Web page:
Big Tech companies will face tougher regulations in Europe, according to European Commission President Ursula von der Leyen.
Speaking at Europe’s largest tech conference Web Summit, which this year is being held virtually, Ursula von der Leyen said that the pandemic has been a “catalyst for innovation”, with the value of European tech companies rising by almost 50%.
In response to the pandemic, the European Commission will put 20% of its Next Generation EU fund in digital investment.
However, while the tech industry has brought many benefits to the European economy, it has also brought with it potentially harmful impacts, with many calling for a rethink of how Big Tech is regulated.
Von der Leyen announced that the European Commission would be “rewriting the rule book for our digital market” with tougher rules particularly around the sale of unsafe products online and the spread hate speech.
Von der Leyen referred to herself as a “tech optimist,” but emphasised that the “largest social media platforms must have greater scrutiny and responsibility”.
She explained that the new rules will target illegal content posted on social media platforms, with increased pressure on social media giants to reign in the spread of misinformation.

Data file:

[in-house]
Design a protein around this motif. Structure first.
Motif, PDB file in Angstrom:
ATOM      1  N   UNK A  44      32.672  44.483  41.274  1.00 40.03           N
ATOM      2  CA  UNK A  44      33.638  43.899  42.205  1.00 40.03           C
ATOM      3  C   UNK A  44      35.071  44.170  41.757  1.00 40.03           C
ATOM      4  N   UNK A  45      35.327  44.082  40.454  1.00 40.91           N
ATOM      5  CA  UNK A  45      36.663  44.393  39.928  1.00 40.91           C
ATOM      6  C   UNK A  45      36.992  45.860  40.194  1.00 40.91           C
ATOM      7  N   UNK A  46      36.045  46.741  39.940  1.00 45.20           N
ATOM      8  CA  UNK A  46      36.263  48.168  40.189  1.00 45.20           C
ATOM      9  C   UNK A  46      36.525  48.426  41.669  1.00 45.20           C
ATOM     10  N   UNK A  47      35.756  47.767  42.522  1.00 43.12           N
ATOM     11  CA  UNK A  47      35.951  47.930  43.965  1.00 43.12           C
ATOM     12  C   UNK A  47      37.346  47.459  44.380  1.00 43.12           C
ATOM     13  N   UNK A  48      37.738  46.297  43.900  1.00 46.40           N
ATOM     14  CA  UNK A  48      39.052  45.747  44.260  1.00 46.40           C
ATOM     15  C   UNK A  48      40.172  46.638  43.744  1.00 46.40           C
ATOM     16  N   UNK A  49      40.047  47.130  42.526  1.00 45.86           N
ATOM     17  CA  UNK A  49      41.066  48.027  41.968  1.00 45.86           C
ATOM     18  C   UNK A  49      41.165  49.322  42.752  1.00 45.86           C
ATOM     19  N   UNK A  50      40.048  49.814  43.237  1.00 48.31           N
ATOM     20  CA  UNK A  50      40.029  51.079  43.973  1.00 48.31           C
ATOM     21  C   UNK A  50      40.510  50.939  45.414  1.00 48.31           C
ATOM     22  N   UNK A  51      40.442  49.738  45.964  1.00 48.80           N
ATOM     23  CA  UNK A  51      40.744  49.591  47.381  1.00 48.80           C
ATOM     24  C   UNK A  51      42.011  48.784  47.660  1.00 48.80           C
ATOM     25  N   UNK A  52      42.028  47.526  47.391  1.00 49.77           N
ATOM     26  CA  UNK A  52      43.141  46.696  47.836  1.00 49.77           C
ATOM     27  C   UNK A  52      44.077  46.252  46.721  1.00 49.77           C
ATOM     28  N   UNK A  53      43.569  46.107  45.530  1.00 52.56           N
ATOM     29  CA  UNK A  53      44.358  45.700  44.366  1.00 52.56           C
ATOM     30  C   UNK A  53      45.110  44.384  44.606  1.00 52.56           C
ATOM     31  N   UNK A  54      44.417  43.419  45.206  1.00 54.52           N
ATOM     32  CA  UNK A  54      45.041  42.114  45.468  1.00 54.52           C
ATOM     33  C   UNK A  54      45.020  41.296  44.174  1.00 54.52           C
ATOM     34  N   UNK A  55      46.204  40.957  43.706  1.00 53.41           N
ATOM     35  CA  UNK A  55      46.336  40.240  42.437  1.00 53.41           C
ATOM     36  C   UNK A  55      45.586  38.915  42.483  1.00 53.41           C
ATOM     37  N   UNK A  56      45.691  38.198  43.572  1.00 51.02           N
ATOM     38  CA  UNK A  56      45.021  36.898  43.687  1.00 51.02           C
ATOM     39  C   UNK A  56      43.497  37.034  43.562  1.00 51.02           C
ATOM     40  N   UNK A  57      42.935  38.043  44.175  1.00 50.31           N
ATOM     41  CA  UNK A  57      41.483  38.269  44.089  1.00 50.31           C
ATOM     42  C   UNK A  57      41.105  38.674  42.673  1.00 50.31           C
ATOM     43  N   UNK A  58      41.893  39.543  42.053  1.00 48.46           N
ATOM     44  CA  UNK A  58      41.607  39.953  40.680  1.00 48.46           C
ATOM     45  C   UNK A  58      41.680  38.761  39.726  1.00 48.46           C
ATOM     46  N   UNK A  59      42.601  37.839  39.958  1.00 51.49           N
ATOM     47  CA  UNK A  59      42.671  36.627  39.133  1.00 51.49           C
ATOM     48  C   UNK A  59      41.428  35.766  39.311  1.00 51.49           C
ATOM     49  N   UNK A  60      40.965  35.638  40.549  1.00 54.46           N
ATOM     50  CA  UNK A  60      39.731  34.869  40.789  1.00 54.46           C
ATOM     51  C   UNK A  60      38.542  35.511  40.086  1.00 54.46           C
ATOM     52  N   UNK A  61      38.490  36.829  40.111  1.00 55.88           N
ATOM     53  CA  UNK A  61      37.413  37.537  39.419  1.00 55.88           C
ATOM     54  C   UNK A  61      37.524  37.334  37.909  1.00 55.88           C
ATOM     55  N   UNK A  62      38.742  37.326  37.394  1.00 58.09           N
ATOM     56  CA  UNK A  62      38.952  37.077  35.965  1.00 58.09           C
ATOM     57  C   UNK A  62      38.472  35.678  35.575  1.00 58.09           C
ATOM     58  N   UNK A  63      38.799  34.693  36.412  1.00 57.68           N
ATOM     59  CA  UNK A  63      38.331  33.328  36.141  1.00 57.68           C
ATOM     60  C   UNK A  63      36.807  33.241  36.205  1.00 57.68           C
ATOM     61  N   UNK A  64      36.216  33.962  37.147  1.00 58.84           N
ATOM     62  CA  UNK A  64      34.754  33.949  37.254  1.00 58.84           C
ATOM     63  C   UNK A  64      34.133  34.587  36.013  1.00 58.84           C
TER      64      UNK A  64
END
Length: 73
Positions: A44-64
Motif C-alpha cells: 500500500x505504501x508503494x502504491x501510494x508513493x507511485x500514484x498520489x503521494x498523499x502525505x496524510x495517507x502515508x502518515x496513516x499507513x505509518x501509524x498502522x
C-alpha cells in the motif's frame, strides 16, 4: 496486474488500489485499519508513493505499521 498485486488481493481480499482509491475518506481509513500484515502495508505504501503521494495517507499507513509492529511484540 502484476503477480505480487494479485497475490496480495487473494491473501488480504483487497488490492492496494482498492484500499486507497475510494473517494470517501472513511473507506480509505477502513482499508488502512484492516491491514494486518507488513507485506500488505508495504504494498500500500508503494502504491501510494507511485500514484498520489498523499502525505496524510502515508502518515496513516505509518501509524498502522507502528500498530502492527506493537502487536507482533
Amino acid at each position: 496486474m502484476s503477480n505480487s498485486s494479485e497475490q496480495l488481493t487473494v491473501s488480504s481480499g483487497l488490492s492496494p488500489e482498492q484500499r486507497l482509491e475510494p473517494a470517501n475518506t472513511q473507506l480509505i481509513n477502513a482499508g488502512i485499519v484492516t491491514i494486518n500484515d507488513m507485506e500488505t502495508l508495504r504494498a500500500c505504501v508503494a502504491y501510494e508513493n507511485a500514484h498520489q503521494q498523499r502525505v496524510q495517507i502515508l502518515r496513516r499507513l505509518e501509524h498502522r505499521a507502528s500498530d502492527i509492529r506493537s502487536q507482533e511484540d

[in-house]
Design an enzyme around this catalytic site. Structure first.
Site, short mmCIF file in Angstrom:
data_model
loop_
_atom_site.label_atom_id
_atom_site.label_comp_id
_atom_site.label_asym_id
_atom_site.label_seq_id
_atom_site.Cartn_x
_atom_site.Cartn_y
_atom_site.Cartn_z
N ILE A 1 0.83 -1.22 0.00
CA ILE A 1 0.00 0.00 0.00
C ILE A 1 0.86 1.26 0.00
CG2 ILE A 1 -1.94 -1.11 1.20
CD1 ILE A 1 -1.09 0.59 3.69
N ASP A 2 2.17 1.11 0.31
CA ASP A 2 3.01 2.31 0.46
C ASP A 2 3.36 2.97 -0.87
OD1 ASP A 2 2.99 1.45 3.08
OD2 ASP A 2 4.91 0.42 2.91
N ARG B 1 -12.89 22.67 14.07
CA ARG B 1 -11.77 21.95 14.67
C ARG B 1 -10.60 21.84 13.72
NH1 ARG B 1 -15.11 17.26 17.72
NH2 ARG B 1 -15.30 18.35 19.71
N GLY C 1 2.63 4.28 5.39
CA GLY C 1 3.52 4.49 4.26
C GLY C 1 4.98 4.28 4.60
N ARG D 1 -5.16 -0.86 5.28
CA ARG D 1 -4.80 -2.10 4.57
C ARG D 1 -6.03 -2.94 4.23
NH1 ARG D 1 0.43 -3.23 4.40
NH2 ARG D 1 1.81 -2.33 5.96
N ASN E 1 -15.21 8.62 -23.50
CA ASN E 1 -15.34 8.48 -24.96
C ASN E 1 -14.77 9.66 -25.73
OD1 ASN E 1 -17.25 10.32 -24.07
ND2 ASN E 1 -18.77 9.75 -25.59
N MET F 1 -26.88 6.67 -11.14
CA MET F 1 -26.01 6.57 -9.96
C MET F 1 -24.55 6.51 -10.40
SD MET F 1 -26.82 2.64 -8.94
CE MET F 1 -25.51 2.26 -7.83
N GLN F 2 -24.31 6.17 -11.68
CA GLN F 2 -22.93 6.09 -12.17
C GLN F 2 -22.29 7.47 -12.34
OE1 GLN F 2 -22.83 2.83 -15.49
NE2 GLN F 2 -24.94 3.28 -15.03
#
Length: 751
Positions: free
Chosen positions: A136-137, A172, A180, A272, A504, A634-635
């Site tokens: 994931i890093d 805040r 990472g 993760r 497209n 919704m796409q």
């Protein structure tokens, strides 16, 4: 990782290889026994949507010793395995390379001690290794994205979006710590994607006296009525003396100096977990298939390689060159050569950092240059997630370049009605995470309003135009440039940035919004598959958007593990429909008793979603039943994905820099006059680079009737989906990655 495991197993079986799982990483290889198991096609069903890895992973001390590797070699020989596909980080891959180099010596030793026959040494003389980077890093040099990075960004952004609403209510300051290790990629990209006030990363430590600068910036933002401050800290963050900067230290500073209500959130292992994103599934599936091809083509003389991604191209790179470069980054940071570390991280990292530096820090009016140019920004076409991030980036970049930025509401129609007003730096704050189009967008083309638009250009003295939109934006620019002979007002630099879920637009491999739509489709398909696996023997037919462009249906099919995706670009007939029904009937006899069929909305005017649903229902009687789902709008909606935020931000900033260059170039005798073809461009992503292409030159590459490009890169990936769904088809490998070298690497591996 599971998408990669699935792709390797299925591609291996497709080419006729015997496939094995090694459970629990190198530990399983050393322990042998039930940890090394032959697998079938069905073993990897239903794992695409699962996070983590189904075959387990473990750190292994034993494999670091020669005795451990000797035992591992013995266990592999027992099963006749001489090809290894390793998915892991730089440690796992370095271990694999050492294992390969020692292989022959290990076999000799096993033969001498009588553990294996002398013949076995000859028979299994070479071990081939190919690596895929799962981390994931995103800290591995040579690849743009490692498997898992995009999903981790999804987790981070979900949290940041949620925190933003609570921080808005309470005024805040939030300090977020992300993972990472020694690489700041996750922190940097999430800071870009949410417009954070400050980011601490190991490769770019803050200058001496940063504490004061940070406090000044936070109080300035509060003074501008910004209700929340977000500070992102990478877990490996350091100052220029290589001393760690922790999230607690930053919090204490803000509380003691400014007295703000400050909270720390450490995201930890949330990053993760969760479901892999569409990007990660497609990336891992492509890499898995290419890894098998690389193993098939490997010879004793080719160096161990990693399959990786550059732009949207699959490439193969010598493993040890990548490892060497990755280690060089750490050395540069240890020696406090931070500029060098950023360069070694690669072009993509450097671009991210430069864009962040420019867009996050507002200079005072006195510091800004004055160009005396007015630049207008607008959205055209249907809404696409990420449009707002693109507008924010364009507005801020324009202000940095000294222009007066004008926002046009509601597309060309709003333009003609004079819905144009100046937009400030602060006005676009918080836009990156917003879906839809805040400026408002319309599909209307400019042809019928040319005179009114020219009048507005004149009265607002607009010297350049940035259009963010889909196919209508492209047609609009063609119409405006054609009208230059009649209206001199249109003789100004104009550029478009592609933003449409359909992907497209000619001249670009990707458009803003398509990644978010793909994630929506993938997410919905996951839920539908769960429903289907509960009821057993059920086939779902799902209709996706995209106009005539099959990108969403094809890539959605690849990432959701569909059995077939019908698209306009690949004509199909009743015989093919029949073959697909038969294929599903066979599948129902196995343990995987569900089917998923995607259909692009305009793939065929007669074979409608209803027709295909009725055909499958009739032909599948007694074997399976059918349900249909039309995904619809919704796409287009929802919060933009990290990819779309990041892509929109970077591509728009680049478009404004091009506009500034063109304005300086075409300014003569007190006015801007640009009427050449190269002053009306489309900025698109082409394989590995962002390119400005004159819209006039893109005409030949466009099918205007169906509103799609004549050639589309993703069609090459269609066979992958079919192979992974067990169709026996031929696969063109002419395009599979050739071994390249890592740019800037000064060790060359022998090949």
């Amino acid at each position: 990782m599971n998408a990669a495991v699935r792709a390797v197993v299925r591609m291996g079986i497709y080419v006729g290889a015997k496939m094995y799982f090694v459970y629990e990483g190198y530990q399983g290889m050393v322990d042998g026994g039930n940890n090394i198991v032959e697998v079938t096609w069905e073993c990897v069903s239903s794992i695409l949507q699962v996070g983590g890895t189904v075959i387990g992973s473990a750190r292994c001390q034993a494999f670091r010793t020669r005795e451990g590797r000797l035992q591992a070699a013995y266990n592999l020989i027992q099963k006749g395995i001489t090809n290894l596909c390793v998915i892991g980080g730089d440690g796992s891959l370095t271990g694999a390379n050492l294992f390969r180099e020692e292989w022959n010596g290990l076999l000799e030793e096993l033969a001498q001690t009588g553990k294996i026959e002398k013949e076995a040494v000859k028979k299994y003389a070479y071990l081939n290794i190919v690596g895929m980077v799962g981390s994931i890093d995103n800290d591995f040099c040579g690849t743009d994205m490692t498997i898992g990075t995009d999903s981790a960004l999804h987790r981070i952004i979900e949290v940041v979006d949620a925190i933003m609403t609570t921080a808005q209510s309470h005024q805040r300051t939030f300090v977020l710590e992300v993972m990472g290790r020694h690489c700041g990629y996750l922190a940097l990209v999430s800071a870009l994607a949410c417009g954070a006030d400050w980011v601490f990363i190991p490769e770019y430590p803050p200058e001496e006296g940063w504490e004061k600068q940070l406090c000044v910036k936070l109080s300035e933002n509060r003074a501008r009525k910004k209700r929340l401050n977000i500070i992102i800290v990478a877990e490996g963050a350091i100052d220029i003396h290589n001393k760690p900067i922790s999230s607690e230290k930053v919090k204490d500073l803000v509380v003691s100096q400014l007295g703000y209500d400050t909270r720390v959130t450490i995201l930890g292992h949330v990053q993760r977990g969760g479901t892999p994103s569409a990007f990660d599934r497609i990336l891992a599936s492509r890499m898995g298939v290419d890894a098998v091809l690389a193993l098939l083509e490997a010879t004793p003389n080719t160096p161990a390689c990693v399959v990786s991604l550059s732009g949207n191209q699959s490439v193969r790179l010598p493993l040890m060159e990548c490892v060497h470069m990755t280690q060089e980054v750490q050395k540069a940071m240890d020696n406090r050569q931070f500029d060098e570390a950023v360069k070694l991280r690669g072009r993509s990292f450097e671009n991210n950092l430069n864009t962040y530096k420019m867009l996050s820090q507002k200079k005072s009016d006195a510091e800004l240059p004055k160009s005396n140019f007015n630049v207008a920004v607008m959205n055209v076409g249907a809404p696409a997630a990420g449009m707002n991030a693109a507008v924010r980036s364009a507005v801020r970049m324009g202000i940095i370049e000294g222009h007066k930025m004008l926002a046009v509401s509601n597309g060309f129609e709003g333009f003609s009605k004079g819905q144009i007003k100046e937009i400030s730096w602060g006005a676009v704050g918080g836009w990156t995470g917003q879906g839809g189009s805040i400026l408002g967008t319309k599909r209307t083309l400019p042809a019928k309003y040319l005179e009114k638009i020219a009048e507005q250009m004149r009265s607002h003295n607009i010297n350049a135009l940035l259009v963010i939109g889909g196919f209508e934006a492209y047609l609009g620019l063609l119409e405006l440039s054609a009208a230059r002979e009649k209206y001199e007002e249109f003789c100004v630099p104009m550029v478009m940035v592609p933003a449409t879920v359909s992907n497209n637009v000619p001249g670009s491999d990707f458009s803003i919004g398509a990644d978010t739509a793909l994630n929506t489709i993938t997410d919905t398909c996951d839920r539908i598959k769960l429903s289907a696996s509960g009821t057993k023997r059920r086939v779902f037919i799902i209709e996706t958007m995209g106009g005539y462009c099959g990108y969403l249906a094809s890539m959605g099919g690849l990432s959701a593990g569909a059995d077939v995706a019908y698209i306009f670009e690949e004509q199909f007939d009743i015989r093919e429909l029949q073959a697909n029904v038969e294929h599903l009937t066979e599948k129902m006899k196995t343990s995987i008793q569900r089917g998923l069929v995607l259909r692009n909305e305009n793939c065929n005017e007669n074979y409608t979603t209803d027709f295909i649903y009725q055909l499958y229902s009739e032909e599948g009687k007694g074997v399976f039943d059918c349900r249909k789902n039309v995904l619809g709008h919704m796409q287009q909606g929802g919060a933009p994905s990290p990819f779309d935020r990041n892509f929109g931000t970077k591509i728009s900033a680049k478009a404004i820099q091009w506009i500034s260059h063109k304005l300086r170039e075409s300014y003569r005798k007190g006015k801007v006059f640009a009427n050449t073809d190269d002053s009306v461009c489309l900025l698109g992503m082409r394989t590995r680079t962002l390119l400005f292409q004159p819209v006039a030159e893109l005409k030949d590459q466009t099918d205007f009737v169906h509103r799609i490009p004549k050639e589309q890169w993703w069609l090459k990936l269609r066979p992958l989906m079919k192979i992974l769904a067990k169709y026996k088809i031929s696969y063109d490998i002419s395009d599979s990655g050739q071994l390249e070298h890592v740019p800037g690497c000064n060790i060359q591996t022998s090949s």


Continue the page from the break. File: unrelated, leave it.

“No one expects all digital platforms to check all the user content that they host. This would be a threat to everyone’s freedom to speak their mind,” she said. “If illegal content is notified by the competent national authorities, it must be taken down.”
The new regulation will take the form of the Digital Services Act, which is due to come into force next week, which is designed to foster innovation and competitiveness of the European online environment, but also provide a set of rules for the responsibilities of digital services to address the risks faced by their users.
Von der Leyen said:
“With greater power and social influence should come greater responsibility. A responsibility not just to act when notified but also a responsibility to assess the risks of their advertising system or their content moderation. A responsibility about how those systems work. A responsibility to accept scrutiny and audit.”